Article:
It's been a wild year for the greenback. While the falling U.S. dollar of last week can be blamed on the U.S. Federal Reserve's surprise decision not to taper its bond buying, for most of the past two years, the dollar has been rising.
In fact, before the FOMC meeting last week, the dollar was up 12% since mid-2011.
And yet while the factors contributing to a rising U.S. dollar are likely to continue for a while, investors also need to be aware of several long-term threats to the dollar that eventually will fatally weaken the currency.
It's important for investors to understand exactly why the dollar is falling at times and rising at others, because the strength of the currency affects virtually every investment in one way or another.
Here's a piece-by-piece look at what's been going on this year with the dollar, and what investors can do to profit from it.
The Falling U.S. Dollar: A Reaction to the Fed
Most experts (with this very notable exception) had assumed the Fed would announce a start to the quantitative easing (QE) taper, a reduction of about $10 billion from its $85 billion a month of bond buying.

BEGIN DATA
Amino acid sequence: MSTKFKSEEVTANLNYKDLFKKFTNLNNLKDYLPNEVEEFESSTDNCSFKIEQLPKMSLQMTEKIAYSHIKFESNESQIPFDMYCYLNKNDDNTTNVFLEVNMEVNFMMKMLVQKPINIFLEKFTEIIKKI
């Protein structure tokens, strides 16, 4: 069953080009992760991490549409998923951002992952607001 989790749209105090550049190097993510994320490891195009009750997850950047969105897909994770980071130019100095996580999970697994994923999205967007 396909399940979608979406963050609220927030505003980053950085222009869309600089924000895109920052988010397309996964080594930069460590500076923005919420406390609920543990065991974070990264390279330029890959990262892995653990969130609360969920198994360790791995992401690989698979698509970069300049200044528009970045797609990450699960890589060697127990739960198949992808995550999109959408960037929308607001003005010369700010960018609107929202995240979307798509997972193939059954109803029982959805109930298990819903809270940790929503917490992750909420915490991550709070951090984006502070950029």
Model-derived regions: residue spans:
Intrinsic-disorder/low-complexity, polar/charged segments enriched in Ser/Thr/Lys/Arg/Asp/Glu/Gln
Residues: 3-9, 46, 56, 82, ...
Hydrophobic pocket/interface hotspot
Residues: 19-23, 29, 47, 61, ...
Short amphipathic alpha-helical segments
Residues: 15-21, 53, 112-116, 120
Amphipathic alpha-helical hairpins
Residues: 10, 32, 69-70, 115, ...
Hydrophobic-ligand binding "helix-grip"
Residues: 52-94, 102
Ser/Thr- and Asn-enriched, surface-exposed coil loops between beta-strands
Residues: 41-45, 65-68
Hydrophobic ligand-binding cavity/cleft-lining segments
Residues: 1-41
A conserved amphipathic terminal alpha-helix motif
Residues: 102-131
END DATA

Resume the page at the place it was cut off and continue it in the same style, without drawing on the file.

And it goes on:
That would have been helped strengthen the dollar by reducing some of the liquidity that the Fed has been pumping into the U.S. economy. When the Fed instead stood pat, the currency markets reacted negatively. The dollar index fell 1%, to 80.060, a seven-month low, the day of the Fed announcement.
That excess Fed liquidity – the central bank has added $3 trillion to its balance sheet since the 2008 financial crisis – is actually one of the long-term threats to the U.S. dollar, as we'll see shortly.
The falling U.S. dollar reaction to last week's Fed decision, however, will be short-lived.
Before long, we'll return to a rising U.S. dollar, at least for a while.
Here's why it's inevitable that the dollar will soon resume its upward trajectory…
About the Author
Dave has been a journalist for more than 35 years, including 18 spent at The Baltimore Sun. He has worked as a writer, editor, and page designer at different times in his career. He's interviewed a number of well-known personalities - ranging from punk rock icon Joey Ramone to Apple Inc. co-founder Steve Wozniak.
Over the course of his journalistic career, Dave has covered many diverse subjects. Since arriving at Money Morning in 2011, he has focused primarily on technology. He's an expert on both Apple and cryptocurrencies. He started writing about Apple for The Sun in the mid-1990s, and had an Apple blog on The Sun's web site from 2007-2009. Dave's been writing about Bitcoin since 2011 - long before most people had even heard of it. He even mined it for a short time.
Dave has a BA in English and Mass Communications from Loyola University Maryland.